Roe vs. Wade
It’s been a hard week. I’m home from the hospital after uterine hemorrhaging. I am very weak. There is a lot to be said about a need for improved women’s healthcare, and I’ve had to take some space to not be triggered by the 8,000,000 online posts about it yesterday and today.
From what I understand, yesterday’s ruling was more about state vs federal rights than abortion rights. But that isn’t what the big cloud of debate in the U.S. is about. It’s not what the emotions are about.
As we take in or write content, please be reminded that there are nuances, dialectics, and still a bigger, grander truth and hope. Don’t let yourself be drawn into debates that see things as black and white, or forget the bigger picture. They offer false narratives.
On another note, I am happy to say I spoke with a Vietnamese woman yesterday who confirmed that line up from the bottom was indeed Vietnamese. It gave me a chance to have a connection with another human, which is one of the most important ways to begin changing the world.
I am part of a support group for mamas who almost died in pregnancy. Some had their babies. Some didn’t. Some didn’t really have a choice.
I don’t judge any of them.
Not surprisingly, many are triggered by this last week’s events when it comes to politics.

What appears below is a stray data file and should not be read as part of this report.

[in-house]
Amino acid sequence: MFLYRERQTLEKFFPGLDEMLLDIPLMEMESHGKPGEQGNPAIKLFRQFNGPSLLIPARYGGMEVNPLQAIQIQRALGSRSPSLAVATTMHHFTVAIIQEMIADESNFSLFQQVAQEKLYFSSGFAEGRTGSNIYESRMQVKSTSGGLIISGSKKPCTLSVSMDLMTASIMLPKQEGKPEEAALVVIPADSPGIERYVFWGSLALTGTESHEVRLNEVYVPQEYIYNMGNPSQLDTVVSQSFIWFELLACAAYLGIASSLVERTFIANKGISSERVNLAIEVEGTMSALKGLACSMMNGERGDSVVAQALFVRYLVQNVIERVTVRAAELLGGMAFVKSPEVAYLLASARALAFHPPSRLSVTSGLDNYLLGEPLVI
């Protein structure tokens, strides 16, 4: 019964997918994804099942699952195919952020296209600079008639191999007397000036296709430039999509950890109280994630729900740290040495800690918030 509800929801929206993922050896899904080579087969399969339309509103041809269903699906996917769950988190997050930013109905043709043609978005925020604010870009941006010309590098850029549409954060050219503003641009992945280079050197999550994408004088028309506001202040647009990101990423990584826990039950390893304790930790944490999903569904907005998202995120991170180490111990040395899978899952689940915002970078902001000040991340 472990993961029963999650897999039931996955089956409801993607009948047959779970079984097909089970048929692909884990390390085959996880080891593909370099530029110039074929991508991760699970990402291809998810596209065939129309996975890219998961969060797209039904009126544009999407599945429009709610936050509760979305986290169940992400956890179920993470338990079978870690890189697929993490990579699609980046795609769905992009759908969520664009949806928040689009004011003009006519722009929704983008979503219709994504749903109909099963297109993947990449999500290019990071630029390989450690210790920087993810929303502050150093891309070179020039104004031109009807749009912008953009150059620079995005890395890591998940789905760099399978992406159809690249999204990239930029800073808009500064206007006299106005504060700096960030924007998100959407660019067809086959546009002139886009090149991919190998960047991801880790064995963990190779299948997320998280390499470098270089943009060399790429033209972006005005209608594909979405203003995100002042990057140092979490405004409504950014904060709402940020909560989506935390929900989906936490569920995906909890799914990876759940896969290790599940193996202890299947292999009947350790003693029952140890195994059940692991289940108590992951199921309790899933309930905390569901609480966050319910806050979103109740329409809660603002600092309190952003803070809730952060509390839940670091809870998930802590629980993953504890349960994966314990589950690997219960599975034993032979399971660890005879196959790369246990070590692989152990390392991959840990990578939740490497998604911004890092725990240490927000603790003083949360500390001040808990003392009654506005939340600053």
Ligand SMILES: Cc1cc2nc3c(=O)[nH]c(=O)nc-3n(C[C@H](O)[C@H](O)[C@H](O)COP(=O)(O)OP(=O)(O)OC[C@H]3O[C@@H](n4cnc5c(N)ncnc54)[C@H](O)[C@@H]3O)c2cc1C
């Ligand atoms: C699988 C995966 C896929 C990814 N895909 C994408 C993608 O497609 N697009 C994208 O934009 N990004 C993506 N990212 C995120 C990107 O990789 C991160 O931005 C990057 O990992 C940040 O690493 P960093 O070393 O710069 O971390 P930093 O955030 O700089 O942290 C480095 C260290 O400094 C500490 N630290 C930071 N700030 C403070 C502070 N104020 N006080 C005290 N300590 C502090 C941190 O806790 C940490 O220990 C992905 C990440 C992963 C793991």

Actually they’re not triggered as much about the politics as they are about you talking about them.
I was listening to a woman whose story was similar to mine. She wanted to keep hers, but didn’t really know she had a choice to try to keep her baby. I know her story is real, because I myself had to advocate for time to decide.
Just your friendly reminder that people have stories. When you’re talking about social issues they hear what you are saying through the context of their experience.
Be gentle. Ultimately, we don’t care whether you are pro-choice or pro-life. We want you to care about us.
The Question Doesn’t Change
Guess what? Roe vs. Wade was overturned and people have feelings!
- Some are celebrating.
- Others are outraged.
- Many are happy for the unborn.
- There are the concerned about perceived rights.
- The ones who are grieving for women.
- There are the women who were planning on getting an abortion today and now can’t.
- Then there are those who are indifferent to the social issue of abortion, but have feelings about the legal proceedings.
- A few people don’t care about any of it.
Regardless of stance, to live justly and love others today, the question I have for you won’t change:
How can YOU support women and girls with unplanned, unwanted, or risky pregnancies?
If you don’t have an answer to that question, I’m going to venture to say you don’t have the right to have feelings about Roe vs. Wade.